When The Name of the Wind came out back in 2007, something strange started to happen. Occasionally someone invited me to write something, usually a story for an anthology.
It was a new experience for me. But despite the fact that I was flattered, I turned all the invitations down saying, “I don’t really write many short stories. Besides, I really have to work on getting my second book out.”
I didn’t meet that first deadline for book two for various reasons. But still, I felt like turning down those offers was the responsible thing to do. I was trying to behave like a grown-up, you see.
In 2008 the paperback came out and I hit the New York Times Bestseller list. Because of that I got even more attention. Offers to write comic books, video games, and more invitations to anthologies.
Again, I turned them down, saying, “I don’t have much experience writing short stories. Besides, I really need to focus on book two.”
A lot of these offers were for really cool anthologies, mind you. It was hard to turn down the chance to be published alongside some other big-name authors. Still, I felt morally obliged to refuse and focus on book two. I was trying hard to be a professional.
I continued along these lines until early this year when Suvudu held their cage match. They paired up various fantasy characters in head-to-head fights. I was flattered that Kvothe was included, but looking at the brackets, I saw that if Kvothe made it to the second round, he’d have to go up against Aslan.
That’s not an easy fight to win, and I kept thinking about how the scene would play out. How exactly, I wondered, would Kvothe win that fight?
Then the folks at Suvudu asked if I’d like to write up my version of the scene. So I did.
And you know what? It was fun. It was amazingly, delightfully fun. I’d actually forgotten how nice it was to write something just for pure shits and giggles. It didn’t eat up my precious writing time as I’d been fearing. Instead, it reminded me how much fun writing could be.
I thought to myself, “Fuck being a grown-up. I started writing to have fun. Now that I’m published, I should be doing fun things…”
And you know what? As soon as I gave up trying to be all professional and responsible (things that don’t come naturally to me, as a rule) my writing immediately improved. I wrote faster, and better, and I had more fun doing it.
Fast forward to earlier this year. I get an e-mail from John Scalzi. He sends me an e-mail that says (This is a paraphrase, mind you.)
Question: Would you have space on your schedule for a short (about 2K) story? It would be for a short (silly) story collection designed to raise money for the Lupus foundation. Deadline end of July-ish. Story doesn’t necessarily have to be “good” in a classic sense; in fact, it might be better if it’s not.
I think to myself. This sounds fun. It’s for charity. It’s short (I can do 2000 words standing on my head.) And he’s pretty much said it’s okay if my story ends up sucking. He’s practically encouraging me to suck.
So I e-mailed Scalzi back, and our e-mail exchange went roughly like this.
ME: Okay, I’m interested. What are the details?
HIM: Write a story about the events leading up to, and culminating in, the attached picture (which is a rough sketch; final picture to come).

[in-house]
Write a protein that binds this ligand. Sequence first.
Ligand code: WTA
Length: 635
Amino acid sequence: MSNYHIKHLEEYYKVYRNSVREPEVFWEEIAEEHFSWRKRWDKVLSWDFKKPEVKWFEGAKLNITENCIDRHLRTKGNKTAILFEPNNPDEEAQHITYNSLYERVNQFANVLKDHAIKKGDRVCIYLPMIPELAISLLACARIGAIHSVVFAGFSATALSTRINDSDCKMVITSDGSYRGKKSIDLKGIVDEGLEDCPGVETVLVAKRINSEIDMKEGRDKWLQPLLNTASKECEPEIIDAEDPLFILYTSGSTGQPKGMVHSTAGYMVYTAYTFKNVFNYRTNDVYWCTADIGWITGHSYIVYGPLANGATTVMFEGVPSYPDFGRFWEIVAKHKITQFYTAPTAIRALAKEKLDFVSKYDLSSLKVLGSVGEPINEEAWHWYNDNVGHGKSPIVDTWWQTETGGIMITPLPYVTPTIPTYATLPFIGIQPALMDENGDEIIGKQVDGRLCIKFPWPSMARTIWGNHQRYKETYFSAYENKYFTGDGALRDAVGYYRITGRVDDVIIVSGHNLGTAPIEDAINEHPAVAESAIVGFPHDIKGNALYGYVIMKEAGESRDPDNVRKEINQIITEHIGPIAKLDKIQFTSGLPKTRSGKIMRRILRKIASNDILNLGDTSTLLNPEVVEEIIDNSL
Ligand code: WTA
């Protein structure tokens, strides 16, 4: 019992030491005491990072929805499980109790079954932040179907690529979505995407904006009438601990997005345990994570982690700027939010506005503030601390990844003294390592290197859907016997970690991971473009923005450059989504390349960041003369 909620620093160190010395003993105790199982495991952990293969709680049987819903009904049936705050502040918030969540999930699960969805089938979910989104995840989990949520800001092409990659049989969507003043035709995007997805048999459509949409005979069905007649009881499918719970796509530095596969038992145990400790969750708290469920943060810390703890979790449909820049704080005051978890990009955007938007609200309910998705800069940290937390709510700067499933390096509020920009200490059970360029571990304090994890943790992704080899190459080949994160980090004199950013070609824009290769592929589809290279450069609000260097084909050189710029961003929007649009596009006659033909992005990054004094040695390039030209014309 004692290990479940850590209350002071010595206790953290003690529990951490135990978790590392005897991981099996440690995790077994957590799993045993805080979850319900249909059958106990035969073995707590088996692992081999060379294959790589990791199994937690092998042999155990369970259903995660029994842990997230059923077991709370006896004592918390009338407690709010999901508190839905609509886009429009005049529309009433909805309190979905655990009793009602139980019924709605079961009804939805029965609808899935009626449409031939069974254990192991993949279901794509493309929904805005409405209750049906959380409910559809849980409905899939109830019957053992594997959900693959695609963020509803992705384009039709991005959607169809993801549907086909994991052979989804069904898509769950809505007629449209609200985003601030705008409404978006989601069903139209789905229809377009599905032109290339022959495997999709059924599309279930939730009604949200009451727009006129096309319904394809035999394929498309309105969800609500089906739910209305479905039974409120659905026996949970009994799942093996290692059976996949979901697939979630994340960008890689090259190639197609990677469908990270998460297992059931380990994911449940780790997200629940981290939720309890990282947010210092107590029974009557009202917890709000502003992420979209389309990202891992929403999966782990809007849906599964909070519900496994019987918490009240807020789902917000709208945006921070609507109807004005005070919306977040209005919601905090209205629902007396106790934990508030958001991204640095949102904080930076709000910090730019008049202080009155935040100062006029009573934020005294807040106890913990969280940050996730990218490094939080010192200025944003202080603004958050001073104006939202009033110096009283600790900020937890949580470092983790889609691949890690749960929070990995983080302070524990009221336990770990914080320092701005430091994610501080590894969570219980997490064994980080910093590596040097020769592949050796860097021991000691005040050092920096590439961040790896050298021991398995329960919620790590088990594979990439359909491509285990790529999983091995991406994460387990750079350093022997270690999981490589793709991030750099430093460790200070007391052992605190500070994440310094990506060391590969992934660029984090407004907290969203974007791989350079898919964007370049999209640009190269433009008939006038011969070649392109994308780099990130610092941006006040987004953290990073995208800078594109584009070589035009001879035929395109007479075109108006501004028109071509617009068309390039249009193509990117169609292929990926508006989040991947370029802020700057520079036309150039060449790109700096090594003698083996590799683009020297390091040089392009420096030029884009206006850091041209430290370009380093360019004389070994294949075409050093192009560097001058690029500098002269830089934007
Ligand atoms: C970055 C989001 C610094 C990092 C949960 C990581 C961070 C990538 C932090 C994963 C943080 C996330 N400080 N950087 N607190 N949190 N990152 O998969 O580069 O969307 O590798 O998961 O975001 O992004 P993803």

HIM: For the sake of clarity, the person at the top is Wil Wheaton; the person at the bottom is me.
ME: Merciful Buddha…. Can you give me any context? Some framework I can use to cage this madness?
HIM: No. No context. Just write something. No slash. Otherwise, knock yourself out.
So there I am, utterly confusticated and bebothered. This is the first piece of short fiction I’ve agreed to write, and all I can think is, “What the fuck can I possibly write about this?”
This question spins around in my head for a couple days. I think, “Can I write a story about Scalzi and Wheaton playing D&D? Is that too geeky? A holodeck adventure? Too cheap? Do I dare write the absolutely forbidden, ‘It was all just a dream’ story?”
Then it occurs to me that I’m approaching this from the wrong direction. I shouldn’t be trying to turn this picture into a joke. I shouldn’t try to be cute or gimmicky.
No. The events taking place in this picture are obviously epic. My story needs to be epic. And since it can’t be epic in length, it has to be epic in form….
So that’s how I ended up writing a poetic edda. For those of you who aren’t complete geeks, an edda is an old alliterative poem. Like Beowulf. Or the old Norse legends Tolkien ripped off when he was writing the Lord of the Rings.
Once I knew how to handle the story, I ended up having a ton of fun with it. I even brought in a certain celebrity in a cameo role…
Of course poetic edda aren’t supposed to be written in modern English, so I ended up spending a ridiculous amount of time trying to get the meter right. But you know my motto: if it’s worth writing, it’s worth obsessively revising.
And now, months later, I’m finally able to present you with the finished project:
(Beware, lest the awesome blind you…)
Check it out. I get third billing. How cool is that shit?
You can download the anthology for free, but I’d like to politely ask y’all to keep in mind that we’re trying to raise money for the Lupus foundation. For all intents and purposes, these stories are brought to you by the Lupus Foundation.
That means if you can afford it, donating to the cause would be a terribly kind thing to do. I know you have it in you. Make me proud.
You can download the anthology and revel in its majesty over here.
Share and enjoy,